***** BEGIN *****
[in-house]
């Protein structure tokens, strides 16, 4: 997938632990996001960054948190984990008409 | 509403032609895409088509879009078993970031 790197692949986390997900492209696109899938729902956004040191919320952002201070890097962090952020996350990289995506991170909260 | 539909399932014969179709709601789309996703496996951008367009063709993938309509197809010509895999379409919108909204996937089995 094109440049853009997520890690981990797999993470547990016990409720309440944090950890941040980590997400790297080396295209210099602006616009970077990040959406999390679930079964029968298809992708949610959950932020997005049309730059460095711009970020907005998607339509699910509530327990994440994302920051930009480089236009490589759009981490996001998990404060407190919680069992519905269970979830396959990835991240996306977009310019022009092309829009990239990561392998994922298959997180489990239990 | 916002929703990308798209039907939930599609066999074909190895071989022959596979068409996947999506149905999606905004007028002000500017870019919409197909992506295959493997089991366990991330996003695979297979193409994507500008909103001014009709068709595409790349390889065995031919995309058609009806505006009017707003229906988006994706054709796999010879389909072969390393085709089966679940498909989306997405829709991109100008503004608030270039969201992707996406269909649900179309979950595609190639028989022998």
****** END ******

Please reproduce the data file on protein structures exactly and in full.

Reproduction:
[in-house]
């Protein structure tokens, strides 16, 4: 997938632990996001960054948190984990008409 | 509403032609895409088509879009078993970031 790197692949986390997900492209696109899938729902956004040191919320952002201070890097962090952020996350990289995506991170909260 | 539909399932014969179709709601789309996703496996951008367009063709993938309509197809010509895999379409919108909204996937089995 094109440049853009997520890690981990797999993470547990016990409720309440944090950890941040980590997400790297080396295209210099602006616009970077990040959406999390679930079964029968298809992708949610959950932020997005049309730059460095711009970020907005998607339509699910509530327990994440994302920051930009480089236009490589759009981490996001998990404060407190919680069992519905269970979830396959990835991240996306977009310019022009092309829009990239990561392998994922298959997180489990239990 | 916002929703990308798209039907939930599609066999074909190895071989022959596979068409996947999506149905999606905004007028002000500017870019919409197909992506295959493997089991366990991330996003695979297979193409994507500008909103001014009709068709595409790349390889065995031919995309058609009806505006009017707003229906988006994706054709796999010879389909072969390393085709089966679940498909989306997405829709991109100008503004608030270039969201992707996406269909649900179309979950595609190639028989022998």